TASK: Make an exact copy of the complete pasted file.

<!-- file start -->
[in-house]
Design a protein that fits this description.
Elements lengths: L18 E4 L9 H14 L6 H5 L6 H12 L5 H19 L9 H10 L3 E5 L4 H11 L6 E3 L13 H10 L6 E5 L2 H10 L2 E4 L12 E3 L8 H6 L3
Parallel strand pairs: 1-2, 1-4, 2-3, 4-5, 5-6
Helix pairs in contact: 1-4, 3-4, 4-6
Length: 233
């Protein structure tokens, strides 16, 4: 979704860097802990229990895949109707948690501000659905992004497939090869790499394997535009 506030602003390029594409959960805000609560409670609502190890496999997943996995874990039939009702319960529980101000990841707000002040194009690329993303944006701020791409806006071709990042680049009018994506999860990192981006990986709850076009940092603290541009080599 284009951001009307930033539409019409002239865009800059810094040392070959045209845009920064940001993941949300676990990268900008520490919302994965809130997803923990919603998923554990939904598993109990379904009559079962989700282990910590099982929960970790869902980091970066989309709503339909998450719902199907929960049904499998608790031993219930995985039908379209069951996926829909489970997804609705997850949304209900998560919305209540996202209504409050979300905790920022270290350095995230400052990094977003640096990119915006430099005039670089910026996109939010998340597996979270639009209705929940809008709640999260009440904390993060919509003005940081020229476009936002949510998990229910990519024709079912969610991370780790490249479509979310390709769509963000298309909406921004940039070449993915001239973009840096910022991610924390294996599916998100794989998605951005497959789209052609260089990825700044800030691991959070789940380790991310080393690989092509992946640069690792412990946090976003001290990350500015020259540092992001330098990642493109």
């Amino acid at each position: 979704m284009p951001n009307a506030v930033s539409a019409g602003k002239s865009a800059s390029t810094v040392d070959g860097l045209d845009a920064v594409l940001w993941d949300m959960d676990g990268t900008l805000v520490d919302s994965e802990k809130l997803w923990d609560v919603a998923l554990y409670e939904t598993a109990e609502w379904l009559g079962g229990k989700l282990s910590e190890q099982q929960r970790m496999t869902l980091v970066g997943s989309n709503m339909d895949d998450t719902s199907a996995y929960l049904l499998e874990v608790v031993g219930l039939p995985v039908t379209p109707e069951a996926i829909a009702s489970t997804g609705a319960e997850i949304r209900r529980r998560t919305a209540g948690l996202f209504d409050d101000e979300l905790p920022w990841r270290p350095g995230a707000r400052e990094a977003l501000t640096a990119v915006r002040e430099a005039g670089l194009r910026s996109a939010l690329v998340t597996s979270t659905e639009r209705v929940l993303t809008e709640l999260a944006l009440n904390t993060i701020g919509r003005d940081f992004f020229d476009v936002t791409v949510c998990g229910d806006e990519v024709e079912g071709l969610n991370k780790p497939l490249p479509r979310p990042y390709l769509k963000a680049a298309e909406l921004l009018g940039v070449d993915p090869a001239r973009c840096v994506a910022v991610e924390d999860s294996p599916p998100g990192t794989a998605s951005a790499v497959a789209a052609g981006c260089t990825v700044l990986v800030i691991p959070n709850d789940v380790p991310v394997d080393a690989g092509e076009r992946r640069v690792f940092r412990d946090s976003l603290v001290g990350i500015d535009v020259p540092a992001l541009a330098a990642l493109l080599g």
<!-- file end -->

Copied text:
[in-house]
Design a protein that fits this description.
Elements lengths: L18 E4 L9 H14 L6 H5 L6 H12 L5 H19 L9 H10 L3 E5 L4 H11 L6 E3 L13 H10 L6 E5 L2 H10 L2 E4 L12 E3 L8 H6 L3
Parallel strand pairs: 1-2, 1-4, 2-3, 4-5, 5-6
Helix pairs in contact: 1-4, 3-4, 4-6
Length: 233
């Protein structure tokens, strides 16, 4: 979704860097802990229990895949109707948690501000659905992004497939090869790499394997535009 506030602003390029594409959960805000609560409670609502190890496999997943996995874990039939009702319960529980101000990841707000002040194009690329993303944006701020791409806006071709990042680049009018994506999860990192981006990986709850076009940092603290541009080599 284009951001009307930033539409019409002239865009800059810094040392070959045209845009920064940001993941949300676990990268900008520490919302994965809130997803923990919603998923554990939904598993109990379904009559079962989700282990910590099982929960970790869902980091970066989309709503339909998450719902199907929960049904499998608790031993219930995985039908379209069951996926829909489970997804609705997850949304209900998560919305209540996202209504409050979300905790920022270290350095995230400052990094977003640096990119915006430099005039670089910026996109939010998340597996979270639009209705929940809008709640999260009440904390993060919509003005940081020229476009936002949510998990229910990519024709079912969610991370780790490249479509979310390709769509963000298309909406921004940039070449993915001239973009840096910022991610924390294996599916998100794989998605951005497959789209052609260089990825700044800030691991959070789940380790991310080393690989092509992946640069690792412990946090976003001290990350500015020259540092992001330098990642493109």
């Amino acid at each position: 979704m284009p951001n009307a506030v930033s539409a019409g602003k002239s865009a800059s390029t810094v040392d070959g860097l045209d845009a920064v594409l940001w993941d949300m959960d676990g990268t900008l805000v520490d919302s994965e802990k809130l997803w923990d609560v919603a998923l554990y409670e939904t598993a109990e609502w379904l009559g079962g229990k989700l282990s910590e190890q099982q929960r970790m496999t869902l980091v970066g997943s989309n709503m339909d895949d998450t719902s199907a996995y929960l049904l499998e874990v608790v031993g219930l039939p995985v039908t379209p109707e069951a996926i829909a009702s489970t997804g609705a319960e997850i949304r209900r529980r998560t919305a209540g948690l996202f209504d409050d101000e979300l905790p920022w990841r270290p350095g995230a707000r400052e990094a977003l501000t640096a990119v915006r002040e430099a005039g670089l194009r910026s996109a939010l690329v998340t597996s979270t659905e639009r209705v929940l993303t809008e709640l999260a944006l009440n904390t993060i701020g919509r003005d940081f992004f020229d476009v936002t791409v949510c998990g229910d806006e990519v024709e079912g071709l969610n991370k780790p497939l490249p479509r979310p990042y390709l769509k963000a680049a298309e909406l921004l009018g940039v070449d993915p090869a001239r973009c840096v994506a910022v991610e924390d999860s294996p599916p998100g990192t794989a998605s951005a790499v497959a789209a052609g981006c260089t990825v700044l990986v800030i691991p959070n709850d789940v380790p991310v394997d080393a690989g092509e076009r992946r640069v690792f940092r412990d946090s976003l603290v001290g990350i500015d535009v020259p540092a992001l541009a330098a990642l493109l080599g």